As a first step, we planned to copy information relevant to making a judgment on this criterion from the original publication into an assessment table. If additional information was available from the study authors, we planned to also enter this in the table along with an indication that it was unpublished information. Two review authors (HHBY and RED) planned to independently make a judgment as to whether the risk of bias for each criterion was considered to be 'low', 'uncertain', or 'high'. We would resolve disagreements by discussion.
We planned to consider trials which were classified as low risk of bias in sequence generation, allocation concealment, blinding, incomplete data, and selective outcome reporting as low bias-risk trials.
Measures of treatment effect
(a) Binary outcomes
For dichotomous data, we planned to use the risk ratio (RR) as the effect measure with 95% confidence interval (CI).
(b) Continuous outcomes
For continuous data, we planned to present the results as mean differences (MD) with 95% CIs. When pooling data across studies we would estimate the MD if the outcomes were measured in the same way between trials. We planned to use the standardised mean difference (SMD) to combine trials that measured the same outcome but used different methods.
Unit of analysis issues
The unit of analysis was planned to be each patient recruited into the trials.
Dealing with missing data
An intention-to-treat analysis (ITT) is one in which all the participants in a trial are analysed according to the intervention to which they were allocated, whether they received the intervention or not. We would assume that participants who dropped out were non-responders. For each trial we planned to report whether or not the investigators stated if the analysis was performed according to the ITT principle. If participants were excluded after allocation, we would report any details provided in full.
Furthermore, we would perform the analysis on an ITT basis (Newell 1992) whenever possible. Otherwise, we planned to adopt an available-case analysis.
Assessment of heterogeneity
We planned to quantify inconsistency among the pooled estimates using the I2 statistic. This illustrates the percentage of the variability in effect estimates resulting from heterogeneity rather than sampling error (Higgins 2003; Higgins 2009). I2 = [(Q - df)/Q] x 100%, where Q is the Chi2 statistic and df its degrees of freedom. We would assess heterogeneity between the trials by visual examination of the forest plot to check for overlapping CIs, the Chi2 test for homogeneity with a 10% level of significance, and the I2 statistic. We planned to use an I2 statistic value of less than 25% to denote low heterogeneity, 50% or greater significant heterogeneity, and 75% or greater substantial heterogeneity.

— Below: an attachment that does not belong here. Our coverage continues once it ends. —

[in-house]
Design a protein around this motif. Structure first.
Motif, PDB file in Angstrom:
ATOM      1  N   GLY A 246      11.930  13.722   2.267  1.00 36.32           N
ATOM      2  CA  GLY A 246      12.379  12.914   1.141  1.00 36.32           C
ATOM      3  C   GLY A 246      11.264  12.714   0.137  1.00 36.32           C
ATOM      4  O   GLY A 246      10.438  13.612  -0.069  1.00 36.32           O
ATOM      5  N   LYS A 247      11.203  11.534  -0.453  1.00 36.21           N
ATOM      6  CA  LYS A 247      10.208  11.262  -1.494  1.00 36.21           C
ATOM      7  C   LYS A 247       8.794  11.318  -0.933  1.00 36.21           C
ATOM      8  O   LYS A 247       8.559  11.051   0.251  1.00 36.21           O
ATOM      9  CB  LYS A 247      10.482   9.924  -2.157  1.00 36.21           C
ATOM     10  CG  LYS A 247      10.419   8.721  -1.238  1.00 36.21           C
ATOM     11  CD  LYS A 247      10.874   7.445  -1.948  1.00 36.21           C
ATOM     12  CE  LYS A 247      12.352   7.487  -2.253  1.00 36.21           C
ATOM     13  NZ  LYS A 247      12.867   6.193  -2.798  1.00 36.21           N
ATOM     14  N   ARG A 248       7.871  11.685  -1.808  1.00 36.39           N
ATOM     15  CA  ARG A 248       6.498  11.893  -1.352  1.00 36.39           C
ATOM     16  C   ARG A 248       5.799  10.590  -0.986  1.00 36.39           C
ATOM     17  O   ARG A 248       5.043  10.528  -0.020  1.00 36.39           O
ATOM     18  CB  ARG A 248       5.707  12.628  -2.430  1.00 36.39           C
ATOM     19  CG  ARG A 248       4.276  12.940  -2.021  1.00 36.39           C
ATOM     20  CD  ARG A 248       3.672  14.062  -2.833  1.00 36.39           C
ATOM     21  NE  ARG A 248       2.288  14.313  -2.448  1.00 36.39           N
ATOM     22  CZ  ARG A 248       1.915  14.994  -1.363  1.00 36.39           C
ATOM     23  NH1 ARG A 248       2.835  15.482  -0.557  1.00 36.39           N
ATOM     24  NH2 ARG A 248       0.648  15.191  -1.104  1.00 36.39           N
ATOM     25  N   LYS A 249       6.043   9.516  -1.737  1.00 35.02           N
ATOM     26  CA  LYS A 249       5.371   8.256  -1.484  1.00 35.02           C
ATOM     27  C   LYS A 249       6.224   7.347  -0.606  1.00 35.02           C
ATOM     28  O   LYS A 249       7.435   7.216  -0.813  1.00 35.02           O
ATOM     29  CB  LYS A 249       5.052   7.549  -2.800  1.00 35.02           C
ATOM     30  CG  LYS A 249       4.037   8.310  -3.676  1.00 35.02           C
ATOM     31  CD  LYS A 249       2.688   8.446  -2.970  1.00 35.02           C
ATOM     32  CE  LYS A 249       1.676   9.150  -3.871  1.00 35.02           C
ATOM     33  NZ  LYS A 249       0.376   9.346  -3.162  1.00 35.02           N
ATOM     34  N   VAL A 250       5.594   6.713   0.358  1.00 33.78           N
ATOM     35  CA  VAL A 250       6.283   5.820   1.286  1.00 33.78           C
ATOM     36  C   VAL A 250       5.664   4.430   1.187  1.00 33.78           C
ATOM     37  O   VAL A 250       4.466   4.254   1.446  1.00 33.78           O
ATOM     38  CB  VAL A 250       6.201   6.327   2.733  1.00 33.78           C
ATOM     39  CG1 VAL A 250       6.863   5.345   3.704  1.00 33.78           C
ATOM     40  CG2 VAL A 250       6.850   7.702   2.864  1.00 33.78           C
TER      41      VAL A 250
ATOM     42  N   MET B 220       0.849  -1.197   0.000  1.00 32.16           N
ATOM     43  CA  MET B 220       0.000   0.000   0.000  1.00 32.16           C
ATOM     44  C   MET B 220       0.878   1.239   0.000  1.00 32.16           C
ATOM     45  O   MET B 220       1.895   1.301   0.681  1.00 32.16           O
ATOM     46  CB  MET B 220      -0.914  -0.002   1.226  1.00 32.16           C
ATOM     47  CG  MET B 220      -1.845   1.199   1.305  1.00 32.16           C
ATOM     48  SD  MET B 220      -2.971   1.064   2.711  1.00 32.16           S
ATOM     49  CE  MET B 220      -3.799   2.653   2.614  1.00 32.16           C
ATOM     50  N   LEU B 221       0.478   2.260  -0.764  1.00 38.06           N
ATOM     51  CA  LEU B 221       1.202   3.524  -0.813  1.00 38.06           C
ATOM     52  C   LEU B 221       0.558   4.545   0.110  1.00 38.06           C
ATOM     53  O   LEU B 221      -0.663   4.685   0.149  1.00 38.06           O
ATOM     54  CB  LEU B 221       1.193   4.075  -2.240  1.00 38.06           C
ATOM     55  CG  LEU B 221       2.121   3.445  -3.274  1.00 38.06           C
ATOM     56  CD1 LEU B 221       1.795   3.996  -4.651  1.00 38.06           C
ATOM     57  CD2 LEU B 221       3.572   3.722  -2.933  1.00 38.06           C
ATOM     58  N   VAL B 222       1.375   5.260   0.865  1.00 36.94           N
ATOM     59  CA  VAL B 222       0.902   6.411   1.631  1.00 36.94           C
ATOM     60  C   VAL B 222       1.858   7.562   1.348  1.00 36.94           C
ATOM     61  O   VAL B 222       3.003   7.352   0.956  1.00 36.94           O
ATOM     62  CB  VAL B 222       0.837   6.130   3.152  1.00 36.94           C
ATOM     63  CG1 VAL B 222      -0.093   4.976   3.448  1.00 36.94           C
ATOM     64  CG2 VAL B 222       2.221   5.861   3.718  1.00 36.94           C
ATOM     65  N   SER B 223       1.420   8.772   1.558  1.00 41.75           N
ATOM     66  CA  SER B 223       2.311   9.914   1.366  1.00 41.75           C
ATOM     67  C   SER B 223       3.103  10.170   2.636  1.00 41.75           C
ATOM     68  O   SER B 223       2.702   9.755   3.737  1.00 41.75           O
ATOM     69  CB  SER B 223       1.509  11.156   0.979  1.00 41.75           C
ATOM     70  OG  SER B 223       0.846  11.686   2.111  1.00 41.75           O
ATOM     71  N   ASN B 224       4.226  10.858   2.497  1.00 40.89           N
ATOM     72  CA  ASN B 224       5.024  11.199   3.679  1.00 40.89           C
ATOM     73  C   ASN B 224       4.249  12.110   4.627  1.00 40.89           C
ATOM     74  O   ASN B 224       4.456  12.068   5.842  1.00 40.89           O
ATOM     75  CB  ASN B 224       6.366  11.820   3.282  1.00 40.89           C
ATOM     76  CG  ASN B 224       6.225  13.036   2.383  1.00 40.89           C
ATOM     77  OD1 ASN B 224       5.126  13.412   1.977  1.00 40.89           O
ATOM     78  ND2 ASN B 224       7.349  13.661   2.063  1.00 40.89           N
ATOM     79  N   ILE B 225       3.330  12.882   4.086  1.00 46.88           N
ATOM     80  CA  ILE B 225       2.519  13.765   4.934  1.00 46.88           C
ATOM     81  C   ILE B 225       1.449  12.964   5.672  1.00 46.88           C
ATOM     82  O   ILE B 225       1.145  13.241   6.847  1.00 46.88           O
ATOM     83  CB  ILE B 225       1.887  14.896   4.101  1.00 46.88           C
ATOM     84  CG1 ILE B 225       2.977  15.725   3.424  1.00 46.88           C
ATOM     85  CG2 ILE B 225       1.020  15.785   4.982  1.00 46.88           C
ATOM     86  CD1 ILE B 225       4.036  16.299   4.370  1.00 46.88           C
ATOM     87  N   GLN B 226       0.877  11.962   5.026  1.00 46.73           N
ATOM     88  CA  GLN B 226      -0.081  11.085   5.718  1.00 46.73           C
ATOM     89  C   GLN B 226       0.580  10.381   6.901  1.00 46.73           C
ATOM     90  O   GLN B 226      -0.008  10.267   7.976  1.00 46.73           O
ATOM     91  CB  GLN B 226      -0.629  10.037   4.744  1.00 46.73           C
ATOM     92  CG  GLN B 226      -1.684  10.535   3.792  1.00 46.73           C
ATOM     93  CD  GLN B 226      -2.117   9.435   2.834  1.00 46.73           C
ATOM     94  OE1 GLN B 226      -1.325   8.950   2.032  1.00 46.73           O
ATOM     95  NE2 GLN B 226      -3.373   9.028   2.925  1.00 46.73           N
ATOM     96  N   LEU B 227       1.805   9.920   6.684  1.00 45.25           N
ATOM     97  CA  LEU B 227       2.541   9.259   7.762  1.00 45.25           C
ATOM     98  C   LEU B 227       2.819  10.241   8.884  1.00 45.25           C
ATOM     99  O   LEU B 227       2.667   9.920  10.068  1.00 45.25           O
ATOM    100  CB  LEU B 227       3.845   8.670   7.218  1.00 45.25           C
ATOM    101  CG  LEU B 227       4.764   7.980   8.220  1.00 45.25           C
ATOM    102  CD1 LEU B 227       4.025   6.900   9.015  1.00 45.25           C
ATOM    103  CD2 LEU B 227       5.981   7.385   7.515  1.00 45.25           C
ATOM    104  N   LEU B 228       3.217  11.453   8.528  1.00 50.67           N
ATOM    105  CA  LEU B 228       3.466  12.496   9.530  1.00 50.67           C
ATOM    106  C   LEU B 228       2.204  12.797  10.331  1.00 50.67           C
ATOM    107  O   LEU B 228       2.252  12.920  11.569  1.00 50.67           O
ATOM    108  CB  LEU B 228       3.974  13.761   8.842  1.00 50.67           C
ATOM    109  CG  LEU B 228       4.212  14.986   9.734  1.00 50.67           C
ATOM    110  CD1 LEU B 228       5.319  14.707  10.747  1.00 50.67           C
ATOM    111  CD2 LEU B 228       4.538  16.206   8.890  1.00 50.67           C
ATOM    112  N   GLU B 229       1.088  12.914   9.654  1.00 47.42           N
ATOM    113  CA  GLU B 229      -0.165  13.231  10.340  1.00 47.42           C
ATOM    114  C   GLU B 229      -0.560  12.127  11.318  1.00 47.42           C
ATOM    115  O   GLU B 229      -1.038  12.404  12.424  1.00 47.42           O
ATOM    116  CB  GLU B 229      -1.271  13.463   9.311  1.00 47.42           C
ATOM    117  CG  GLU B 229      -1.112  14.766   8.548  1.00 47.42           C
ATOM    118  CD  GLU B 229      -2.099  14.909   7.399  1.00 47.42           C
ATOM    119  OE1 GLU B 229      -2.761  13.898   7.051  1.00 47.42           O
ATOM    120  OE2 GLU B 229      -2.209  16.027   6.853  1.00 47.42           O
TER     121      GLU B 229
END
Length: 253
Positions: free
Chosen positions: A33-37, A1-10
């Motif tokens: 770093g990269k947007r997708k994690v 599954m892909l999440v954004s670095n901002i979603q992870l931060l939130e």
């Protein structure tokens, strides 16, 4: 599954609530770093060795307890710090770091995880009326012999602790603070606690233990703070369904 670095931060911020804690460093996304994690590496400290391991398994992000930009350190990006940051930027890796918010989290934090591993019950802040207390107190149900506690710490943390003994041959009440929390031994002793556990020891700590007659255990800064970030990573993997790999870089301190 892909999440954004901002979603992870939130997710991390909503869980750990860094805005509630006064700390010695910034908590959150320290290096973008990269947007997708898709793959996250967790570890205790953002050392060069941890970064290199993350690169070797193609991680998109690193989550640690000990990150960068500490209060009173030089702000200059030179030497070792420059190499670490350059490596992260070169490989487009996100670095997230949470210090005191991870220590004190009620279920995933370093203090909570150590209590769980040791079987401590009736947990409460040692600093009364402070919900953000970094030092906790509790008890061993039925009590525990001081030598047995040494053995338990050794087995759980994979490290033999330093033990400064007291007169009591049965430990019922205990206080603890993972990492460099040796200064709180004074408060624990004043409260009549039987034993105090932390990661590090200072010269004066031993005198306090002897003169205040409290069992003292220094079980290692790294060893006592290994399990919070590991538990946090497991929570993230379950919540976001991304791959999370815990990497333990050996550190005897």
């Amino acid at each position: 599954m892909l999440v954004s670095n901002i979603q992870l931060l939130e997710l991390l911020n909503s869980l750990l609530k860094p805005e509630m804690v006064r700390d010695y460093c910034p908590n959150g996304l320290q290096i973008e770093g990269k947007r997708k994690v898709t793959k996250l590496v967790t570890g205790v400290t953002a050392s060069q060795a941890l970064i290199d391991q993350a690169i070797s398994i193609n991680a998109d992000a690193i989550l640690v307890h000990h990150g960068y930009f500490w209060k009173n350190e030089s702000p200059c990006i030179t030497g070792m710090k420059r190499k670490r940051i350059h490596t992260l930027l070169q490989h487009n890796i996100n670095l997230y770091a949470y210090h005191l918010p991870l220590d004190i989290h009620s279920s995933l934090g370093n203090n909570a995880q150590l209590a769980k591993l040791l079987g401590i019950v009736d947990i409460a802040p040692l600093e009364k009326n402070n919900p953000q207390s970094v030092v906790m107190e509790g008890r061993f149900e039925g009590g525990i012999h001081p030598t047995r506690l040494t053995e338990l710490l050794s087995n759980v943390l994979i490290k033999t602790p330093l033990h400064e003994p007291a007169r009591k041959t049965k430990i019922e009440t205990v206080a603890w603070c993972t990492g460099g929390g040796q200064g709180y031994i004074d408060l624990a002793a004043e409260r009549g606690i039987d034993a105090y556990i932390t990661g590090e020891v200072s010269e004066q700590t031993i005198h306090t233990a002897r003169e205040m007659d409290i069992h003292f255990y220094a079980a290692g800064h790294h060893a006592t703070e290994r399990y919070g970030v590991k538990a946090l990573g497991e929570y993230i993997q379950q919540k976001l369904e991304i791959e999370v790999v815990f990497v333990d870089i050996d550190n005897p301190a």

Assessment of reporting biases
Apart from assessing the risk of selective outcome reporting, considered under assessment of risk of bias in included studies, we planned to assess the likelihood of potential publication bias using funnel plots provided that there were at least eight trials. When small studies in a meta-analysis tend to show larger treatment effects, we would consider other causes including selection biases, poor methodological quality, heterogeneity, artefact and chance.
We planned to use the fixed-effect model to analyse the data. If significant heterogeneity (for example I2 greater than 50%) was identified, we would compute pooled estimates of the treatment effect for each outcome using a random-effects model (with two or more studies). We planned to undertake quantitative analyses of outcomes on an ITT basis.
Subgroup analysis and investigation of heterogeneity
In the case of significant clinical heterogeneity (I2 > 50%), we planned to use subgroup analysis. Subgroup analyses are secondary analyses in which the participants are divided into groups according to shared characteristics and the outcome analyses are conducted to determine if any significant treatment effect occurs according to that characteristic. If data permit, we intend to carry out the following subgroup analyses:
different type of anticoagulant therapy (e.g. fractionated, non-fractionated heparin);
different doses for the same anticoagulant therapy (e.g. 1 mg/kg of fractionated heparin, 2 mg/kg of fractionated heparin);
different routes for the non-fractionated heparin (e.g. subcutaneous, intravenous, oral);
short-term (up to 30 days) versus long-term follow-up (> 30 days);
different co-morbidities (e.g. chronic obstructive pulmonary disease (COPD), cardiac insufficiency);
single SSPE versus multiple SSPE.
We would perform the Chi2 test for subgroup differences set at a P value of 0.05.
If there were an adequate number of studies, we intended to perform a sensitivity analysis to explore causes of heterogeneity and the robustness of the results. We planned to include the following factors in the sensitivity analysis, separating studies according to:
type of study design (RCTs versus CCTs);
trials with low risk of bias versus those with high risk of bias;
rates of withdrawal for each outcome (< 20% versus ≥ 20%).